For the most part, The Imitation Game avoids falling into the predictable traps of overly glossy biopics. This is mostly due to the fact that the film’s focus isn’t as much on genius cryptologist Alan Turing (Benedict Cumberbatch) as it is on Germany’s unsolvable Enigma Code, and the race against time to crack it. The film smartly weaves in Turing’s childhood and current day into the World War II storyline, which not only holds your attention throughout the whole film, but also makes Turing an obvious parallel to the frustratingly-hard-to-figure-out machine.
The team consists of Britain’s top genius code-breakers (most who were selected by Turing via a near-impossible crossword released in the paper), who determine that it would take them roughly 20 million years to try every possible code on the Enigma—that is, if the key to the machine did not completely change every day at midnight. Turing rightly determines it would be impossible for human minds to keep up and crack the code, so he begins his work on his own machine—what would eventually become the world’s first computer (which Turing names after his childhood love, Christopher).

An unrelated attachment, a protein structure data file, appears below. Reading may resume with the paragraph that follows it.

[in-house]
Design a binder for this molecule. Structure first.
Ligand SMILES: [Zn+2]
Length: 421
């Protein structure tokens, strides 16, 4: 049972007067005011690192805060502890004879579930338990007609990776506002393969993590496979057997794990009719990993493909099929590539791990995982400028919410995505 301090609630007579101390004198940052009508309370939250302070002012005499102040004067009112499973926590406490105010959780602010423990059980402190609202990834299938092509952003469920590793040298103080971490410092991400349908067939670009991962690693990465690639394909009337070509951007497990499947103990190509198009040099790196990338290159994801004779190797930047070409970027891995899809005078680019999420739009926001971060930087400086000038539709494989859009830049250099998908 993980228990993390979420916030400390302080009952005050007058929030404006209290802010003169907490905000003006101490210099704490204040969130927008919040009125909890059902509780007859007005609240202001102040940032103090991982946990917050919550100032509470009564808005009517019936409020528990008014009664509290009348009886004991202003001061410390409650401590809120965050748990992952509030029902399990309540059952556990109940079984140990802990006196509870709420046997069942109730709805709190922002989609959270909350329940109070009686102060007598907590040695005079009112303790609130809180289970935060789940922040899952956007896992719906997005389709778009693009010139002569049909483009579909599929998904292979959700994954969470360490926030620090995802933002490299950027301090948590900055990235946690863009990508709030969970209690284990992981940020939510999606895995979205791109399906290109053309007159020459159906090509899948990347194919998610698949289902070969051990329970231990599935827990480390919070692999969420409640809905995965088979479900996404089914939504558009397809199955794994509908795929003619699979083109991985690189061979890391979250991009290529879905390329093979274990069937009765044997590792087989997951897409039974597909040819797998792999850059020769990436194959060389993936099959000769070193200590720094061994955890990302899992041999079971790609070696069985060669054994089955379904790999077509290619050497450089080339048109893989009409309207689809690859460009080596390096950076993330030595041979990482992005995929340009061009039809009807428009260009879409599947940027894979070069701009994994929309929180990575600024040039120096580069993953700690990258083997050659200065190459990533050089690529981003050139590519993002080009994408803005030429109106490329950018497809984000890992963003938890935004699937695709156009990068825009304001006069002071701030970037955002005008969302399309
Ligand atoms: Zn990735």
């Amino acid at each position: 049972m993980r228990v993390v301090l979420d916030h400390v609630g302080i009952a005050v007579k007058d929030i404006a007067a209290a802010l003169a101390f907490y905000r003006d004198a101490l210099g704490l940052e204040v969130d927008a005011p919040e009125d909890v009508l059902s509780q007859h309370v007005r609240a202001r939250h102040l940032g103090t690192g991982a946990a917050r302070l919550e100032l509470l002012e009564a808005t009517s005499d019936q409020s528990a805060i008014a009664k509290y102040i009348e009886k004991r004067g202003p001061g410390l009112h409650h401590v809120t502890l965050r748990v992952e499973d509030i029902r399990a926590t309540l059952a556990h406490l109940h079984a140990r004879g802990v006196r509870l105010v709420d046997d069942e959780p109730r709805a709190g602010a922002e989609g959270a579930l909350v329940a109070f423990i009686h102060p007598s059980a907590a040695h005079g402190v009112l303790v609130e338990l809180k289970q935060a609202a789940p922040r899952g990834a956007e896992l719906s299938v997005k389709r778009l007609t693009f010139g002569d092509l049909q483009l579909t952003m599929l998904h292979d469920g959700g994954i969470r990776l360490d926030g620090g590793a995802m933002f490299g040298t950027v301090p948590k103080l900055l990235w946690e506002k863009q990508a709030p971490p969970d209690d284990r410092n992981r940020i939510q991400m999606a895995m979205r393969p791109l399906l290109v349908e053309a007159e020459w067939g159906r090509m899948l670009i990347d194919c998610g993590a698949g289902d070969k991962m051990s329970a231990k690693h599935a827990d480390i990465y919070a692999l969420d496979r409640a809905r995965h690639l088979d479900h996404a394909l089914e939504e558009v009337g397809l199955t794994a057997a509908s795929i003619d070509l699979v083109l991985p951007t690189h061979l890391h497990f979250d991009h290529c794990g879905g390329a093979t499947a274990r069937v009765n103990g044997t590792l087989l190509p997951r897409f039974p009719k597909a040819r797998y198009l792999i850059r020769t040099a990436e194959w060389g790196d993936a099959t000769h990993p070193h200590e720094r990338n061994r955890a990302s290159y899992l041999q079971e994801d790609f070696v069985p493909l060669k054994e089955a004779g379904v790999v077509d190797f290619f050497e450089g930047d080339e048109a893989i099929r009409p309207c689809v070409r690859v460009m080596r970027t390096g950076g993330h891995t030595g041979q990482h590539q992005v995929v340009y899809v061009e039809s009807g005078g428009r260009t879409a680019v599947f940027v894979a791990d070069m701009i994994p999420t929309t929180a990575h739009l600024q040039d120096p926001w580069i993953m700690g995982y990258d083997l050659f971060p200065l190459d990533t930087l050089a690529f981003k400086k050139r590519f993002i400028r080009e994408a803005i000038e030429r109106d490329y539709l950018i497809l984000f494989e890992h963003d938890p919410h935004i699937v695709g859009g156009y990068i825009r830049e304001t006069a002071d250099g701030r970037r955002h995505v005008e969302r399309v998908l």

As Turing slowly learns to work with others and not alienate his team, he forms a close bond with the brilliant Joan Clarke (Keira Knightley), resulting in an eventual engagement. Because homosexuality was at that time illegal, he was able to hide behind his platonic relationship with Joan.
The plot is engaging, and even borders on exciting at certain points. Its biggest issue, though, lies in its final chapter. The gloss and cheesiness that had been mostly avoided throughout the film overflows in the final twenty minutes, making it hard not to roll your eyes a few times. Cumberbatch certainly carries the film with his sure-to-be-nominated performance, making the rest of the cast’s roles seem mild. If you can stomach some of the overly emotional bits, Imitation Game is an extremely enjoyable plot thanks to its true history.
The Imitation Game opens in Philly area theaters today.